Jean-Baptiste Lully was born in Florence. He was taken to France in 1646 as garçon de chambre and Italian teacher to Anne-Marie-Louise d’Orléans, another of Louis XIV’s cousins. He became known in her court for his talent on the violin. In 1652 he entered into court employment as compositeur de la musique instrumentale to Louis XIV, a position that involved writing music for the court ballets and dancing in them. He was invited to join the Vingt-Quatre Violons du Roi, but was unimpressed with their lack of discipline. He set up his own Petits Violons and trained them from 1656 to 1664. Meanwhile, Lully was gaining fame as a composer of ballet. He was appointed surintendant et compositeur de la musique de la chambre du roi in 1661 and by 1662 was maître de la musique de la chambre. Through the 1660s, Lully collaborated with Molière on a series of comedies-balletscombining spoken comedy with singing and dancing. The chaconne from L’amour Médecin, one such comedie-ballet, dates from 1665, roughly a decade before his wildly successful operas were performed.
Lully was initially resistant to the idea of French opera, but when his rival Pierre Perrin fell from the favor of the king, Lully was quick to take up his post and soon was granted the exclusive right to compose and produce opera at the Académie Royale de Musique. From 1673-1687 he produced a new opera nearly every year and fiercely protected his monopoly on that genre. Lully ruled with an iron fist. He imposed harsh limits on his rivals, preventing them from doing anything that might have threatened his own success. He insisted on “military precision” in his orchestra, and was adamantly intolerant of added ornamentation by either instrumentalists or singers. His greed, ambition, and ruthless plotting against other composers and musicians he perceived to be threats resulted in numerous enemies. His violent temper caused problems with the musicians in his employ. However, he paid his performers extremely well, and even guaranteed them earnings outside the opera as long as they were not working for any of his rivals.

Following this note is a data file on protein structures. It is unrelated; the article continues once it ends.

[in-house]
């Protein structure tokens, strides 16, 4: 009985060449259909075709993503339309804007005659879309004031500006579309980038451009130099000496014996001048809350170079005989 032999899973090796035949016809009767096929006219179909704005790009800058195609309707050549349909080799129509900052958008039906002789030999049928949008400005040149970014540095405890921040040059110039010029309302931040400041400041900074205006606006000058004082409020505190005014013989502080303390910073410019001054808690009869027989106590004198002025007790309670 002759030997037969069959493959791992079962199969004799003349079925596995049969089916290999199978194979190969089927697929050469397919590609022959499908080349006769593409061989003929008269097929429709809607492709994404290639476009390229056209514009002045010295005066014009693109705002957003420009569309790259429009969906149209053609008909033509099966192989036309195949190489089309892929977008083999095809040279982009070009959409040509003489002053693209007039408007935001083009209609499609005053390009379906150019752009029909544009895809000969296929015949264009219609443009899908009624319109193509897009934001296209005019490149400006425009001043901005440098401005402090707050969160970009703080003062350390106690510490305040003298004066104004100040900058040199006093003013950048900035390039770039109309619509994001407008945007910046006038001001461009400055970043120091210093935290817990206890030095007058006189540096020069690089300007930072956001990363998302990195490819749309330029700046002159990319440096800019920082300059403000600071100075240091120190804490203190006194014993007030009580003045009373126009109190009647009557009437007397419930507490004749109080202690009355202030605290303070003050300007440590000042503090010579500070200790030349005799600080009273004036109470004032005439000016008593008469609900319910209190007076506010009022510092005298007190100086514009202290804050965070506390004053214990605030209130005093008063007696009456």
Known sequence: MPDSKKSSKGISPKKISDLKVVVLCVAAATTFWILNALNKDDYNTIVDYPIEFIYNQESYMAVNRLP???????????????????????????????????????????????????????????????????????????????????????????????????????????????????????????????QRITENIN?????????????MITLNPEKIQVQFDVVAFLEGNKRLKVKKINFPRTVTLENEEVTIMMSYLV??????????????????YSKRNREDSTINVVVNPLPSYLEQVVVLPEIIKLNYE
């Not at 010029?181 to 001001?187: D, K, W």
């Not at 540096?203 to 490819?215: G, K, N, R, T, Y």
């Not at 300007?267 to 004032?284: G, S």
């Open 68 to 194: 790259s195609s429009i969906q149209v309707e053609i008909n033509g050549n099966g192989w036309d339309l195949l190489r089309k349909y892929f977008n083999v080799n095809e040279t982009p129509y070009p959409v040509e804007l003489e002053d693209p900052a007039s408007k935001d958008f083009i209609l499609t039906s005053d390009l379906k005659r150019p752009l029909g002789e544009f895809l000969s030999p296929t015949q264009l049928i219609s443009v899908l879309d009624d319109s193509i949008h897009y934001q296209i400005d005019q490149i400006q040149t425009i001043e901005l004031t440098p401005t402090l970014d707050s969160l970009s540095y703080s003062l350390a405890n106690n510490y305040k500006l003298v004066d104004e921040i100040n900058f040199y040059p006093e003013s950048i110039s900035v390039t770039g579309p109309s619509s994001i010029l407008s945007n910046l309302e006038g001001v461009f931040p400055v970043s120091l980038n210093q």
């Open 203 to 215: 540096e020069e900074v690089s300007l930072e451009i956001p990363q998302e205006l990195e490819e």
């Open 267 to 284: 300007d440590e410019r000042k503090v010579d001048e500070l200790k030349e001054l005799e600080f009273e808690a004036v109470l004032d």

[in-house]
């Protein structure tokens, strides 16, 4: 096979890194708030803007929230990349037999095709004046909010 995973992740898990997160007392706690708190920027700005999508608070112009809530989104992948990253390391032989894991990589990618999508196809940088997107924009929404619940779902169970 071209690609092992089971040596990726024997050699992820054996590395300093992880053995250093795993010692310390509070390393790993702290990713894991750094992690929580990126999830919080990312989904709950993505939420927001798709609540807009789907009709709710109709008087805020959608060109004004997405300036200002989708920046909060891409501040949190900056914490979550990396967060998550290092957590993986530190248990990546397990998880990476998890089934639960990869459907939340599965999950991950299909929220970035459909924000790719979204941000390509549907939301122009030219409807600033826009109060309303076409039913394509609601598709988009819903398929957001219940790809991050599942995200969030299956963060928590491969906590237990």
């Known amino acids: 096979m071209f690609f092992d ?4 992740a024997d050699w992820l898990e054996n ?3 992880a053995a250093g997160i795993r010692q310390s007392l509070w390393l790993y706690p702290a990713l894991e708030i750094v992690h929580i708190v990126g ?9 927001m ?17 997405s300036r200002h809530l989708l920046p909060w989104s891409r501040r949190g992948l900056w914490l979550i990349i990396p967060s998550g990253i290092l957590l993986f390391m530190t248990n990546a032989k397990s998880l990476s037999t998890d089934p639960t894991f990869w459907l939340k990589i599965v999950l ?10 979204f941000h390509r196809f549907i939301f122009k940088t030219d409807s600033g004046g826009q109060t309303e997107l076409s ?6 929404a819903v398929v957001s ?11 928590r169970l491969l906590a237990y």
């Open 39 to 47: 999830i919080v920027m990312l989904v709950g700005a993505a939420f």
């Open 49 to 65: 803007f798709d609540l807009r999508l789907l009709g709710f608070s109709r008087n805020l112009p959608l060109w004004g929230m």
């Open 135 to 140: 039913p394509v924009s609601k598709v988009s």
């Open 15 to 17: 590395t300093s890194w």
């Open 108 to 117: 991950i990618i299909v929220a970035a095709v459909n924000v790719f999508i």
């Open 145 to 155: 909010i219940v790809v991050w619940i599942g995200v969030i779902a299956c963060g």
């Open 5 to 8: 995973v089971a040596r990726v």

In the 1680s, mirroring the preferences of the court, and in a desperate attempt to regain his former status with the king, whose tastes had turned away from lavish entertainment, Lully focused his attention on sacred music. Lully wrote relatively few sacred works, but the petits motets, three of which will be performed on this program, are a unique hybrid of Italian and French tastes. They were most likely composed for the nuns at the convent of the Assumption in rue Saint-Honoré. In 1687, while conducting a performance of his Te Deum before the king, he struck his foot with his conducting cane and subsequently died of gangrene.
Marin Marais received his initial musical training as a chorister at the parish of St. Germain-l’Auxerrois from 1667 until 1672, where his teachers included members of the Couperin family. In his late teen years he also studied for a time with the eminent gambist St. Colombe, an episode in his life that inspired the largely fictional book and film Tous les Matins du Monde. His fame spread far beyond the borders of France, where he was chamber musician to Louis XIV, and played in and later conducted the Opéra orchestra. Marais studied composition with Lully and remained loyal to Lully for his whole career. The finest viola da gamba player of his time, he published 5 books of viol compositions, a total of 596 pieces grouped into 39 suites, some of them for three viols. Some are easy to play, some fiendishly difficult. Beautifully engraved, they are still being re-published in facsimile, as one could not wish for a more pleasing, elegant, and nicely laid out edition. Marais gives fingering, bowing, and ornament indications, which still make these books extremely valuable as teaching material, besides being the absolute summit of typically French baroque viol music.
The music for three viols on tonight’s program comes from his fourth volume of viol music, published in 1717. This volume is organized in three sections: easier solos, quite virtuosic solos which include a number of his most famous works, and finally two suites for three viols, one in D and the other in G. The Caprice in G opens the second suite. It is in two sections, the first is lush and chromatic while the second is a brilliantly virtuosic fugue. The three pieces in D major come from the middle of the first suite. The Allemande, which was no longer dance music in France by the eighteenth century, moves between grandeur and tenderness. The Sarabande features luscious soaring lines and the Petit Paysane is a short, rousing vignette depicting a country festival. The combination of three bass viols is uniquely sonorous and Marais demonstrates his mastery of writing for the instrument throughout these pieces.